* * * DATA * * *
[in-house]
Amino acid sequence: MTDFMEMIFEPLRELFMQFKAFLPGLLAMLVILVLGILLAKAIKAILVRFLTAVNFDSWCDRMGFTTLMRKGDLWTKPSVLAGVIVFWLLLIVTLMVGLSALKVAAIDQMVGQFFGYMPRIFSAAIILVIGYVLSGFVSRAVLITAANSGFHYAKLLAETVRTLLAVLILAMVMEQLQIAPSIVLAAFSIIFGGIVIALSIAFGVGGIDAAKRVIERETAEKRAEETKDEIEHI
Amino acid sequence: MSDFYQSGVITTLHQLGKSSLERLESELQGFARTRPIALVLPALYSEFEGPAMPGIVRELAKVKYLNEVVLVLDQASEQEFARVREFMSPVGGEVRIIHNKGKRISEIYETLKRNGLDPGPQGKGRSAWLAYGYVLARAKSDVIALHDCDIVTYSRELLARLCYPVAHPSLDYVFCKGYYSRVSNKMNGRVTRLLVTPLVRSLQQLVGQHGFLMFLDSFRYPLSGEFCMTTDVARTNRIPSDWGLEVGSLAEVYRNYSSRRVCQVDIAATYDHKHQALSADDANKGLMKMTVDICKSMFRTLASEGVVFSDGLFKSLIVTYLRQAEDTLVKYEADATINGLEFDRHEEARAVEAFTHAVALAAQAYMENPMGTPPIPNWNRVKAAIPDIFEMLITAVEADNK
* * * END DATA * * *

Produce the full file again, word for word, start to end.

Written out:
[in-house]
Amino acid sequence: MTDFMEMIFEPLRELFMQFKAFLPGLLAMLVILVLGILLAKAIKAILVRFLTAVNFDSWCDRMGFTTLMRKGDLWTKPSVLAGVIVFWLLLIVTLMVGLSALKVAAIDQMVGQFFGYMPRIFSAAIILVIGYVLSGFVSRAVLITAANSGFHYAKLLAETVRTLLAVLILAMVMEQLQIAPSIVLAAFSIIFGGIVIALSIAFGVGGIDAAKRVIERETAEKRAEETKDEIEHI
Amino acid sequence: MSDFYQSGVITTLHQLGKSSLERLESELQGFARTRPIALVLPALYSEFEGPAMPGIVRELAKVKYLNEVVLVLDQASEQEFARVREFMSPVGGEVRIIHNKGKRISEIYETLKRNGLDPGPQGKGRSAWLAYGYVLARAKSDVIALHDCDIVTYSRELLARLCYPVAHPSLDYVFCKGYYSRVSNKMNGRVTRLLVTPLVRSLQQLVGQHGFLMFLDSFRYPLSGEFCMTTDVARTNRIPSDWGLEVGSLAEVYRNYSSRRVCQVDIAATYDHKHQALSADDANKGLMKMTVDICKSMFRTLASEGVVFSDGLFKSLIVTYLRQAEDTLVKYEADATINGLEFDRHEEARAVEAFTHAVALAAQAYMENPMGTPPIPNWNRVKAAIPDIFEMLITAVEADNK